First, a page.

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When Vern Brown and his partner Santana Edgar welcome a new baby girl into these novel times in the next few weeks, one worry is when they’ll be able to get home to share their joy with family and friends.
Brown, 34, and Edgar, 30, are comfortably battened down in the Black Rooster Inn in Prince Rupert, on British Columbia’s north coast, after doing what so many expectant young First Nations families are forced to do: they left their isolated home fully a month before Edgar’s due date, for the security of a larger center with a fully equipped hospital in plenty of time for when their baby arrives.
With a due date of April 22, the couple boarded the Northern Expedition ferry from Klemtu, a small village (population 319) on British Columbia’s central coast, on March 22, for a 12-hour overnight journey north. “We’re just praying for a healthy baby and to be able to get her home as soon as possible.”
Brown works in the stewardship department of the Kitasoo/Xai’Xais First Nation in Klemtu as a field technician, creek walker, and all-round natural resources expert. Kitasoo/Xai’Xais territory is in the heart of the Great Bear Rainforest, and Klemtu is a popular jumping off point for tours that offer the chance to glimpse a rare white spirit bear.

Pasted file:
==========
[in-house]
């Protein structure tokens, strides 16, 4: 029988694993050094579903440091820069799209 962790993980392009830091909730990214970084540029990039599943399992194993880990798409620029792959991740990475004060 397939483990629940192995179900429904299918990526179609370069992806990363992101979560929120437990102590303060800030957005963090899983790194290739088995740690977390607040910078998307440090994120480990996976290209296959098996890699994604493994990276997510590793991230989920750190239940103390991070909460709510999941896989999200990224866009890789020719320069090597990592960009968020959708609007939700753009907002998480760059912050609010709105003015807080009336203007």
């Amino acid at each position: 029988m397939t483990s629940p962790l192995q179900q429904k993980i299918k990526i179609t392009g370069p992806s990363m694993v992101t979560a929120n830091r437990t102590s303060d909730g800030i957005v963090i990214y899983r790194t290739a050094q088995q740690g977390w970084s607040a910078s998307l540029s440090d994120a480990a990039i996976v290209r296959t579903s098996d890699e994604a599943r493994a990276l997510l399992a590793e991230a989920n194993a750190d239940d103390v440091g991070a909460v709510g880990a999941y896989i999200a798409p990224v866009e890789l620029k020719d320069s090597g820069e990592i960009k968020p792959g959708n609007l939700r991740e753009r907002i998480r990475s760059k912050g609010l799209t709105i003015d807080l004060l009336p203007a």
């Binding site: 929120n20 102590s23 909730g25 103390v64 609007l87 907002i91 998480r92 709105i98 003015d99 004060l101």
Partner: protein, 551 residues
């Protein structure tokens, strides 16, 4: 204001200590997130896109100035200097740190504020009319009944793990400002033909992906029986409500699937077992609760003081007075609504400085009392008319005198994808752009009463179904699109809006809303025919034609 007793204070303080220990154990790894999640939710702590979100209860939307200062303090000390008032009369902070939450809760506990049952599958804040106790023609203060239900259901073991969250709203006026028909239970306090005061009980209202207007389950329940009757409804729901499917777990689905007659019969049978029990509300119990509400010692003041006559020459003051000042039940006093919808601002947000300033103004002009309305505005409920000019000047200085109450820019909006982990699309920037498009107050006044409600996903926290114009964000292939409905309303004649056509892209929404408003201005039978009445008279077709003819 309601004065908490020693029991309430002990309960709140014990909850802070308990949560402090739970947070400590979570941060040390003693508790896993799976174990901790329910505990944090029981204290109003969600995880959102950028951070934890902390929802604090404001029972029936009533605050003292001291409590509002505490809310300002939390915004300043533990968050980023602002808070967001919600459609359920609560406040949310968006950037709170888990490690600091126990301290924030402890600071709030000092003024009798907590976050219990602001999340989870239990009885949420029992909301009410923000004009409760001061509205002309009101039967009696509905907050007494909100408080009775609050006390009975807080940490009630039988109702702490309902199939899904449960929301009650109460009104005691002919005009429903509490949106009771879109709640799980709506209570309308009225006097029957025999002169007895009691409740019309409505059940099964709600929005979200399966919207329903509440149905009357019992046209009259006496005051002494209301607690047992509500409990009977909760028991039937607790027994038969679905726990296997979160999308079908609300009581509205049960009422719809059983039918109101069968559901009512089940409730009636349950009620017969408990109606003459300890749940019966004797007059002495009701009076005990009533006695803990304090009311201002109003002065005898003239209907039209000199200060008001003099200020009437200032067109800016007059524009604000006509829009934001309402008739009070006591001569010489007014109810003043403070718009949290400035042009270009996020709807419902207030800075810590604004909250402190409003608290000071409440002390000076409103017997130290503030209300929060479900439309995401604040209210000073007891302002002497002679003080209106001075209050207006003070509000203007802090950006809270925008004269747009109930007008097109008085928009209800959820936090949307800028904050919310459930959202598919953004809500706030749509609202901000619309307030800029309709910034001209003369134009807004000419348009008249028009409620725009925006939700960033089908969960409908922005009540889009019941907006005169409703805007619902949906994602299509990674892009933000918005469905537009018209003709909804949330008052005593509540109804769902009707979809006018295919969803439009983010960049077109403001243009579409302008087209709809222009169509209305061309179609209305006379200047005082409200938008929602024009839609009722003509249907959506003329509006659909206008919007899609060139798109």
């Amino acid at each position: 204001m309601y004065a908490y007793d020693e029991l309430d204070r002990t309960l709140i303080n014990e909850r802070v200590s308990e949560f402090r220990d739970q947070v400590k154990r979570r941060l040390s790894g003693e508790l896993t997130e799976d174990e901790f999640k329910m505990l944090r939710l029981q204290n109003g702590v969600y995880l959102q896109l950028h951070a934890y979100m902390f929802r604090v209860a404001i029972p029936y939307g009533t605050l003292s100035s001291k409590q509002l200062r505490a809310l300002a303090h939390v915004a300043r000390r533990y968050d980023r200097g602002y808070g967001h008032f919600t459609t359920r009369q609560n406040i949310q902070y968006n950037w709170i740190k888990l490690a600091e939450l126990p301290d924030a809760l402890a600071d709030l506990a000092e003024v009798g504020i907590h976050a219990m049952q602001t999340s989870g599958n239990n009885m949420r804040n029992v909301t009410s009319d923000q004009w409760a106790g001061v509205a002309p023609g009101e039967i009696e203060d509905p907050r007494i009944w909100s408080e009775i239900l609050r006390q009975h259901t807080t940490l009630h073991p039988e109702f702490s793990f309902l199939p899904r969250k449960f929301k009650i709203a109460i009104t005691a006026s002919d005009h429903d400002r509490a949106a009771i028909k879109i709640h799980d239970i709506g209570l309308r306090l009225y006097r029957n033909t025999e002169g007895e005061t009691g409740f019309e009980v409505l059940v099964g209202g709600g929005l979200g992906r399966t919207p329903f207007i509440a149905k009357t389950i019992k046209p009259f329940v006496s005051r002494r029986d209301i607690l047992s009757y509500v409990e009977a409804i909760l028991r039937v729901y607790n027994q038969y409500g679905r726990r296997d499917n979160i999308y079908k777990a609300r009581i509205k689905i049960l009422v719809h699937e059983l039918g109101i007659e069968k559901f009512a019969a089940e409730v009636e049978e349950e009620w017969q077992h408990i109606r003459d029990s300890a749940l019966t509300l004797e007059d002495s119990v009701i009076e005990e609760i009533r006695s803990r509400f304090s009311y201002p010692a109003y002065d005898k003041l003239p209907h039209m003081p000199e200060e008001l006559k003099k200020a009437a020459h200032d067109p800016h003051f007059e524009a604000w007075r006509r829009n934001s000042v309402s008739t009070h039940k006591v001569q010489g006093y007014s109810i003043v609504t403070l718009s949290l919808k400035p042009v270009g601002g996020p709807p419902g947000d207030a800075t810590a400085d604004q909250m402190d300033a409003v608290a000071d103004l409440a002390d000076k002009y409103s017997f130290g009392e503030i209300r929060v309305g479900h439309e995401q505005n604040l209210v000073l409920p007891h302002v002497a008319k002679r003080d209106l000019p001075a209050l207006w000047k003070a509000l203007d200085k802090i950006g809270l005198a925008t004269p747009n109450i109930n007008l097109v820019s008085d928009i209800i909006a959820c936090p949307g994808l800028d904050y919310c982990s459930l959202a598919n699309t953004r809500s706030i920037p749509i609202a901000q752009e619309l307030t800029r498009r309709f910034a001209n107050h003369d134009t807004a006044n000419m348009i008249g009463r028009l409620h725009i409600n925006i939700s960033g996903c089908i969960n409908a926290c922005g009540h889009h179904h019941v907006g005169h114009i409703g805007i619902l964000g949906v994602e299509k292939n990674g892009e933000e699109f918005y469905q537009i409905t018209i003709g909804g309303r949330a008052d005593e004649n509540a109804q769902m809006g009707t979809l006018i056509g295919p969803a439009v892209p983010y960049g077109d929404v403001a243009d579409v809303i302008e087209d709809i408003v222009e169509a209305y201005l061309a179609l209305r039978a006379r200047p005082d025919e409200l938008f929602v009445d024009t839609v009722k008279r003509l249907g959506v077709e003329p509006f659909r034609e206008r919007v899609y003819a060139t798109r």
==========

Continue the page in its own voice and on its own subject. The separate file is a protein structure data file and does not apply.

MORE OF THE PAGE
Except not this year.
Klemtu, as with many other First Nations communities in British Columbia, and indeed across Canada, is now closed to outside visitors due to the risk of contagion from the novel coronavirus, or COVID-19.
Brown said he is delighted with how fast his band leadership acted. “They’ve made some really good moves. I’m glad of their urgency … that the central coast is in lockdown.”
By comparison, he said, Prince Rupert seemed “laid back” when he and Edgar arrived, people moving around freely, “and that’s really scary to me.” Brown admitted that with the advent of a baby, “everything’s really heightened for me.”
Prince Rupert is itself a transit point for tourists headed to Haida Gwaii, an eight-hour ferry sailing to the west. Some travelers with bookings to Skidegate chose not to travel last weekend in light of a directive from the Haida Nation that the archipelago was off limits to tourists. Others insisted on boarding the ferry in Prince Rupert, but the reception they got on arrival on the islands was hostile.